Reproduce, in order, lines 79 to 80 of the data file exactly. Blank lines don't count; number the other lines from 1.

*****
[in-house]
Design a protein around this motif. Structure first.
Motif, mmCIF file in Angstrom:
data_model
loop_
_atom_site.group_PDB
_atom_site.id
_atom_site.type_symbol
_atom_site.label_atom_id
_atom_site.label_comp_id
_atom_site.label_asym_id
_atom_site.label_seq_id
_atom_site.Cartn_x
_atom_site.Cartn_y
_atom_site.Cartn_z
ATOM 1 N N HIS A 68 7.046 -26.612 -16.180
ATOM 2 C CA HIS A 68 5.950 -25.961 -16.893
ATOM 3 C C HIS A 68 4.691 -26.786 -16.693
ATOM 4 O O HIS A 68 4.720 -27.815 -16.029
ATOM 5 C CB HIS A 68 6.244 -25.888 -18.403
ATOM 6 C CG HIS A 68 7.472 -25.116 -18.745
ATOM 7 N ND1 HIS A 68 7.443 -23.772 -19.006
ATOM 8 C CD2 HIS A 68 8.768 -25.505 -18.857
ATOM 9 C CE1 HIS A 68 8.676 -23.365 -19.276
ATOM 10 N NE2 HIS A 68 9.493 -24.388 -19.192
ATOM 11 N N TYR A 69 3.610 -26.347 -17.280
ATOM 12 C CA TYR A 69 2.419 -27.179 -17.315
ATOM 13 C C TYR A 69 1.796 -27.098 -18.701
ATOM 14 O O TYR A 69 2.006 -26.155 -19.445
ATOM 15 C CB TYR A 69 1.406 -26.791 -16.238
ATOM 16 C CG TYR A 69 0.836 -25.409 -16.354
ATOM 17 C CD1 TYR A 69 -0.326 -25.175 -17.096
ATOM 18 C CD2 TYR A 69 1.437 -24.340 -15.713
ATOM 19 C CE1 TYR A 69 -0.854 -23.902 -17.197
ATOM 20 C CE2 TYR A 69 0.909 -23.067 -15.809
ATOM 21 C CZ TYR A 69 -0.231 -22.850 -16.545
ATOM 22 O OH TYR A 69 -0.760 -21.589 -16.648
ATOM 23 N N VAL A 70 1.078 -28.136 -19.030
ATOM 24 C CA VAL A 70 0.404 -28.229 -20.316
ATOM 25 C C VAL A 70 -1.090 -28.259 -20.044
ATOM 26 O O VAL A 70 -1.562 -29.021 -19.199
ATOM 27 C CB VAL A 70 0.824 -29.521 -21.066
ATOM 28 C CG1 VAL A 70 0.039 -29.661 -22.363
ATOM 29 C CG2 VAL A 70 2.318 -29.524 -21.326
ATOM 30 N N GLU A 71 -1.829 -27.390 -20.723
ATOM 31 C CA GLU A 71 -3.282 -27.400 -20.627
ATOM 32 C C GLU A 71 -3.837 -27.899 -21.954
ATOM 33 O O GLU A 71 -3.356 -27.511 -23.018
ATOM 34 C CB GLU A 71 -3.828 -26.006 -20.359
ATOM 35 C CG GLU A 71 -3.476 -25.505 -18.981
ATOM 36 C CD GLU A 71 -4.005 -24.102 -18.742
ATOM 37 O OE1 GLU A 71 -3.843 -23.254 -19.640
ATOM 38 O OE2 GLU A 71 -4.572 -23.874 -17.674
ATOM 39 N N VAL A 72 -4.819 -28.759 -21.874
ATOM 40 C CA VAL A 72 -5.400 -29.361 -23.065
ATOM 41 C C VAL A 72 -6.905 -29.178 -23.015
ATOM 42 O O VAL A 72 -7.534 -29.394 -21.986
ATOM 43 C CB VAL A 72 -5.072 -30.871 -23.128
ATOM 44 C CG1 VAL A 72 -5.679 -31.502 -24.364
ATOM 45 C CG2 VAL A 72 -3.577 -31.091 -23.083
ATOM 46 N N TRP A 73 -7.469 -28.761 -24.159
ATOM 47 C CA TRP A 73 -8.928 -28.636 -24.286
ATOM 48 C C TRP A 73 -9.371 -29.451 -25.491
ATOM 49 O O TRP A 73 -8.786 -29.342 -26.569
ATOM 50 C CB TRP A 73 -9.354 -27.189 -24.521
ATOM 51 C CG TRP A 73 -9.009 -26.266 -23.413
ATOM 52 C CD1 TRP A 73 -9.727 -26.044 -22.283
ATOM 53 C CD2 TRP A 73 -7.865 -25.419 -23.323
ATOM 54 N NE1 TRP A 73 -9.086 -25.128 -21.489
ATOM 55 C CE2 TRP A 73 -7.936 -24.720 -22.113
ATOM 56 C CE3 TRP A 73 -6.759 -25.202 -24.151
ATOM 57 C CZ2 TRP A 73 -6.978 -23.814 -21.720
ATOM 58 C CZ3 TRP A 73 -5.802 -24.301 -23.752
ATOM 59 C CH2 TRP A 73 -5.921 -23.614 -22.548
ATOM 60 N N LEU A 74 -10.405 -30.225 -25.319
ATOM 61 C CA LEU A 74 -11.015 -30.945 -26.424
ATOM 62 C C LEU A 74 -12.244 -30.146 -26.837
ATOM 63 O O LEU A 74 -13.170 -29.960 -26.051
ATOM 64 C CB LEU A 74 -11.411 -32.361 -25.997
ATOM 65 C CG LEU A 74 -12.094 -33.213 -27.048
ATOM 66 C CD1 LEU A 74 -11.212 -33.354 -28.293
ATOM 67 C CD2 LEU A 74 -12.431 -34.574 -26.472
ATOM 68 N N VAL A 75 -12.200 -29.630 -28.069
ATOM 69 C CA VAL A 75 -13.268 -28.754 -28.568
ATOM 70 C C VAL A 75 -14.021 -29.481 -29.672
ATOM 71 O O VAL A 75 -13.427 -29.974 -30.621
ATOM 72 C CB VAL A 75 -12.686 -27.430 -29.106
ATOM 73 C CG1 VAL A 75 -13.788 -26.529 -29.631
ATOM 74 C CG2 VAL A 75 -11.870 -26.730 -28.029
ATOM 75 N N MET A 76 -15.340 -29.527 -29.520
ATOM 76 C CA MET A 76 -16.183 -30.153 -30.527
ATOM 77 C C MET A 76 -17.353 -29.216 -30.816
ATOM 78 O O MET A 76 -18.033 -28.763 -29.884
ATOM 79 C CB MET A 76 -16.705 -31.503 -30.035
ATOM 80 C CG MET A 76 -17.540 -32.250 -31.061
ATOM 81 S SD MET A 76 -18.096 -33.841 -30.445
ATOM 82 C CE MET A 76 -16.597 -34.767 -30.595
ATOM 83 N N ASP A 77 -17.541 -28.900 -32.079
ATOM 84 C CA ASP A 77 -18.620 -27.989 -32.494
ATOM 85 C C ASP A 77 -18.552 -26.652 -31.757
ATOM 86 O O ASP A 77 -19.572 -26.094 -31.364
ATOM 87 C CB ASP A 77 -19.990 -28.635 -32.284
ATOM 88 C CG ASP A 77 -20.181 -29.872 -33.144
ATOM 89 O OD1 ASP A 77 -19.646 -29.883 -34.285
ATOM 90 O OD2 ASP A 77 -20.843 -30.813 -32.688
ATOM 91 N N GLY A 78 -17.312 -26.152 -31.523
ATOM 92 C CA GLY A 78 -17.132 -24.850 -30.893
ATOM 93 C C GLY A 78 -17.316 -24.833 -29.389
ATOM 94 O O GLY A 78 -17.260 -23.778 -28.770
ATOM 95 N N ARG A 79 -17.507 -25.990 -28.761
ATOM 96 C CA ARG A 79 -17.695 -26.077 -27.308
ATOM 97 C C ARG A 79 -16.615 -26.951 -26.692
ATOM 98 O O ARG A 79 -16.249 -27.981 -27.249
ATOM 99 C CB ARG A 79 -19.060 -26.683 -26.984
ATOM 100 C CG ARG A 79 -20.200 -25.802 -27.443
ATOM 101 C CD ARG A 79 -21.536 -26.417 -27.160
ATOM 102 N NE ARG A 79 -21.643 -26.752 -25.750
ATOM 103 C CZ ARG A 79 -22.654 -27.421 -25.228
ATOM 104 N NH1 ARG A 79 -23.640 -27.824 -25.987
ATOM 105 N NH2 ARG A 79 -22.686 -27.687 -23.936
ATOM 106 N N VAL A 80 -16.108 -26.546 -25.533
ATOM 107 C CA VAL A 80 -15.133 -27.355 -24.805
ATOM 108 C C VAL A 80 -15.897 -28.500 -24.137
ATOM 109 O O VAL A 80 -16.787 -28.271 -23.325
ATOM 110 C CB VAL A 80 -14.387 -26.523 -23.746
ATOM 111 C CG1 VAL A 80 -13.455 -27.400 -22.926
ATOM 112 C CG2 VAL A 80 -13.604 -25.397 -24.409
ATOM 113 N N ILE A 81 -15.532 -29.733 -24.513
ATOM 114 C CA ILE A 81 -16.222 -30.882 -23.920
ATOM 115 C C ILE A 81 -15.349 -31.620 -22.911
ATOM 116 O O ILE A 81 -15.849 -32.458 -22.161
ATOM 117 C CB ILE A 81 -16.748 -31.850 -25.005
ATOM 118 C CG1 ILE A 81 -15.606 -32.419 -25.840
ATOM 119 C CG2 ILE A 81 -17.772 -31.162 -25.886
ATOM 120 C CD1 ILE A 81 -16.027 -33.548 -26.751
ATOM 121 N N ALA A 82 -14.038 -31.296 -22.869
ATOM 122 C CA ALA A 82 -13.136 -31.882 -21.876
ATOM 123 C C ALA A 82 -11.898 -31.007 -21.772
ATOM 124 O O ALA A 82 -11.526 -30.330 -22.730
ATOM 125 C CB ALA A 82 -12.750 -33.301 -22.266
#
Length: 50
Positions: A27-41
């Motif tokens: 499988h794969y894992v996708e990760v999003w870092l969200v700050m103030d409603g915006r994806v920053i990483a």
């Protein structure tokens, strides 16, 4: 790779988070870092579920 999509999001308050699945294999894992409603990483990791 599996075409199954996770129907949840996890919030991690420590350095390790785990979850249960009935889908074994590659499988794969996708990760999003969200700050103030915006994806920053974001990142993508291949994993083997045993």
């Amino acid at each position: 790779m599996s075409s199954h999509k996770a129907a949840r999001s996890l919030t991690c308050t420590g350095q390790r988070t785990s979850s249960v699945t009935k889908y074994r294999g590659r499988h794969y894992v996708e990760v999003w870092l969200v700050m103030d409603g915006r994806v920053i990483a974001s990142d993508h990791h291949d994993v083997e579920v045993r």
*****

ATOM 64 C CB LEU A 74 -11.411 -32.361 -25.997
ATOM 65 C CG LEU A 74 -12.094 -33.213 -27.048